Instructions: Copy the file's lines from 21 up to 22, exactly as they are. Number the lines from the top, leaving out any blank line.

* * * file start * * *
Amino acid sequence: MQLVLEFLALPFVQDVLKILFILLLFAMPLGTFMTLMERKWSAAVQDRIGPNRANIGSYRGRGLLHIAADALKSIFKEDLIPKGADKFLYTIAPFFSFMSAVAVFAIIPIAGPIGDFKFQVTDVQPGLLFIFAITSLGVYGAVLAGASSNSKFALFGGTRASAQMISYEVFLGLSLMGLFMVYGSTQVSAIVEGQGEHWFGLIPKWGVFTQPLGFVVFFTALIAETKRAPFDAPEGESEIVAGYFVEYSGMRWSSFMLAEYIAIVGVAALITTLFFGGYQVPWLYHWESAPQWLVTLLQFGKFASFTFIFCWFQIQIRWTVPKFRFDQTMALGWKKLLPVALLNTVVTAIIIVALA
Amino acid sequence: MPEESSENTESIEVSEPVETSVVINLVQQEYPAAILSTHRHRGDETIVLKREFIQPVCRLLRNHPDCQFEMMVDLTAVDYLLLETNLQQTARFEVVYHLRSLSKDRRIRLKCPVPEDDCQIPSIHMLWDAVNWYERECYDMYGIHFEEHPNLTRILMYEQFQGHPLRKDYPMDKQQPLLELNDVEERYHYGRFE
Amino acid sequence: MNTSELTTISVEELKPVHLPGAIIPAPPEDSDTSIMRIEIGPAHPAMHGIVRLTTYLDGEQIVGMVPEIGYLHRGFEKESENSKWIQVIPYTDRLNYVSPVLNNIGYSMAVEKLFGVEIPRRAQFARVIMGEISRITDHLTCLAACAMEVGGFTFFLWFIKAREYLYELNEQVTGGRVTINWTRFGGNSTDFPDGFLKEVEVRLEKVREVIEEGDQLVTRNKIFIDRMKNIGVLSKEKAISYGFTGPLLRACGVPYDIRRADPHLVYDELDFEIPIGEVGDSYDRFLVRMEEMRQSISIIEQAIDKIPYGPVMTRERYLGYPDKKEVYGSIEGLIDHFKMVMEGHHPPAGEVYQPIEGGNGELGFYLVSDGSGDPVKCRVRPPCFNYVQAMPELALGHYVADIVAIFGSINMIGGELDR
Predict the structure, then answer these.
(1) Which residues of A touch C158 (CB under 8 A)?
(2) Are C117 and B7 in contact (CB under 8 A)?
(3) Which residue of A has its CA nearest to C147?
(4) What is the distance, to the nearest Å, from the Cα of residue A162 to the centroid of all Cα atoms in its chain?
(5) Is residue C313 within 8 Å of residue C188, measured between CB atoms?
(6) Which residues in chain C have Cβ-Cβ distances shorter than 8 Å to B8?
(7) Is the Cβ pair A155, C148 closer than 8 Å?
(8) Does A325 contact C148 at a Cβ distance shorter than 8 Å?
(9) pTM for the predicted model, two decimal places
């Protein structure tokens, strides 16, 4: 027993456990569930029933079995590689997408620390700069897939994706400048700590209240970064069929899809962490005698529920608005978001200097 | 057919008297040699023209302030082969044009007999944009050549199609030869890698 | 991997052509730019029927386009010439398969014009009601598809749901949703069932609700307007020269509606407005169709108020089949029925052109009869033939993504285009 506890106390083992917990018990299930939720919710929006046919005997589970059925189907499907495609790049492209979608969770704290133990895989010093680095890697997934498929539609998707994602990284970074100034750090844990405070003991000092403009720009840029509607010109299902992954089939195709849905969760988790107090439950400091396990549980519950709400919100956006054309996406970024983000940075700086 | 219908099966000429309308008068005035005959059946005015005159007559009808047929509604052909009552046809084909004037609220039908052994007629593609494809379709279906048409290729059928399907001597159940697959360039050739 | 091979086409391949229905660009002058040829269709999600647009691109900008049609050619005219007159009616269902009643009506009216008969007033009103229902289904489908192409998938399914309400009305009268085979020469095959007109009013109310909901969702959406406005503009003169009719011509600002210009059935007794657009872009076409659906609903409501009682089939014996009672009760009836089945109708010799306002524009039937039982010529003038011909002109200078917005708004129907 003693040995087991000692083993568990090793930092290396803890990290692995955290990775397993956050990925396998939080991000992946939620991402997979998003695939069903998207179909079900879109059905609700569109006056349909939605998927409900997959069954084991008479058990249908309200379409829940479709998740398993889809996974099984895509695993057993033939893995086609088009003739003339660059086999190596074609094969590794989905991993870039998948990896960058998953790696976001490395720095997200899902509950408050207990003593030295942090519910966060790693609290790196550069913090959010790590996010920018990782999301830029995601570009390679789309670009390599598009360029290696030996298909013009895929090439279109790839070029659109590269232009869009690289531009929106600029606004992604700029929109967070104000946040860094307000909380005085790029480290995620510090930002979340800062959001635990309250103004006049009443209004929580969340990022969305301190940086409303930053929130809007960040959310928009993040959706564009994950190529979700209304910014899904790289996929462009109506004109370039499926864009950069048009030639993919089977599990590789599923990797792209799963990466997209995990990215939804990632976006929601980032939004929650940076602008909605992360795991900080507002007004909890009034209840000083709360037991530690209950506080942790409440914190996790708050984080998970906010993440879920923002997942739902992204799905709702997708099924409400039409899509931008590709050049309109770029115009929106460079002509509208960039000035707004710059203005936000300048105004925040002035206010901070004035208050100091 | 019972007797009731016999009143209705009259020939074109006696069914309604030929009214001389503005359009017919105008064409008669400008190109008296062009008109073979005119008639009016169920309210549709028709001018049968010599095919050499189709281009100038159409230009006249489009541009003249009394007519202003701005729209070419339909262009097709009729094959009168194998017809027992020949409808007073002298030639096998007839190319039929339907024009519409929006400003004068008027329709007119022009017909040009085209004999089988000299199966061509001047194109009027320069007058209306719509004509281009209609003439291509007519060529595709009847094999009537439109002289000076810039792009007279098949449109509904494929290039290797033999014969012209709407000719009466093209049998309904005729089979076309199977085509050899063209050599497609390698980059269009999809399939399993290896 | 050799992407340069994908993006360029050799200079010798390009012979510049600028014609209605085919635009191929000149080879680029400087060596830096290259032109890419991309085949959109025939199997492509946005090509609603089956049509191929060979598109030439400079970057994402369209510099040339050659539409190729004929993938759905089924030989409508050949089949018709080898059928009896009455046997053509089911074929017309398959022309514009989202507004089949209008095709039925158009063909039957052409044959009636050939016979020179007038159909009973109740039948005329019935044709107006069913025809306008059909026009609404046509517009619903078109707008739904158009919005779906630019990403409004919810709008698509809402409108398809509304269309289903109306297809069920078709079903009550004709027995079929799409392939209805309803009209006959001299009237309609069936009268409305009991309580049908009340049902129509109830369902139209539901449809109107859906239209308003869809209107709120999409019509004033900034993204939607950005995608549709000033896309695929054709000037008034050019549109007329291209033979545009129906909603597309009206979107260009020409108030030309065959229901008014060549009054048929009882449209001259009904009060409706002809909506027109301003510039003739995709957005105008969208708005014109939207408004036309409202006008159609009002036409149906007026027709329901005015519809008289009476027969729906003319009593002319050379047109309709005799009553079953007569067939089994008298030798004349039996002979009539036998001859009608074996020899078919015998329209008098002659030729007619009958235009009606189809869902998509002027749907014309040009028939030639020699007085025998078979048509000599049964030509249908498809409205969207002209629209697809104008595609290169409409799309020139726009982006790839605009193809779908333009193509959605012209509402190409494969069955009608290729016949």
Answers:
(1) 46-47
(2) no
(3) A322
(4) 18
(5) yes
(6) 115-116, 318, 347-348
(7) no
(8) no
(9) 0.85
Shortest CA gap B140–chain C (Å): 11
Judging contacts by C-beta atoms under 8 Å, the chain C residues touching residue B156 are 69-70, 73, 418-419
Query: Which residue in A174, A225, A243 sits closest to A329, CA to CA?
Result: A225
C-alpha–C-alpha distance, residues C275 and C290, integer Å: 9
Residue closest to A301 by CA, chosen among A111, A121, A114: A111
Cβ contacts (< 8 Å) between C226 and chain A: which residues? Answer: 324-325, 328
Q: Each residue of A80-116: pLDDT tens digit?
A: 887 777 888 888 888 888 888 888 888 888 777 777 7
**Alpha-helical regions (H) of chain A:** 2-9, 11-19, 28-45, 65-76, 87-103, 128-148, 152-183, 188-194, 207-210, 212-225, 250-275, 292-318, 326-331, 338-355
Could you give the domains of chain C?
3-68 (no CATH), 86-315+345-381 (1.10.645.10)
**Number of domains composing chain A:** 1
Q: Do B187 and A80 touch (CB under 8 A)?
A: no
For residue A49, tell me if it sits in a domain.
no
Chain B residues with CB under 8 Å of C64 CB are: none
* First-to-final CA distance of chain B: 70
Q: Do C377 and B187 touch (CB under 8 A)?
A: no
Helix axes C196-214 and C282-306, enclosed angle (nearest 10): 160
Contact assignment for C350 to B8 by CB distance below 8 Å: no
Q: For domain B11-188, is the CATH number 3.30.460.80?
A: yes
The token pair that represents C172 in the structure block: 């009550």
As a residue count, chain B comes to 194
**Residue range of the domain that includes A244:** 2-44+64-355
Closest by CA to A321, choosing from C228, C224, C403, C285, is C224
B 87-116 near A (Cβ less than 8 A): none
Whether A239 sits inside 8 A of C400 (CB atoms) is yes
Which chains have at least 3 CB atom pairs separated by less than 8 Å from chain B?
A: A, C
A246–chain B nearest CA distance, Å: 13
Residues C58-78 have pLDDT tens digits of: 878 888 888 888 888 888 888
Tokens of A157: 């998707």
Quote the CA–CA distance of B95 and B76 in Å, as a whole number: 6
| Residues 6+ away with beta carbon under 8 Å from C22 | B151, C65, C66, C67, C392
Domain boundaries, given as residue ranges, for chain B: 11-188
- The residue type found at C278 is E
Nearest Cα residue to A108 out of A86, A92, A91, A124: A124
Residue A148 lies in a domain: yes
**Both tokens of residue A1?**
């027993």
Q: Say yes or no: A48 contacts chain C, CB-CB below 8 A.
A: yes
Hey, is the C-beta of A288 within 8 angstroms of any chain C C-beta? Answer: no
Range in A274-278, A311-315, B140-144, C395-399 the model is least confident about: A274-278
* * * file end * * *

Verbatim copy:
(6) 115-116, 318, 347-348
(7) no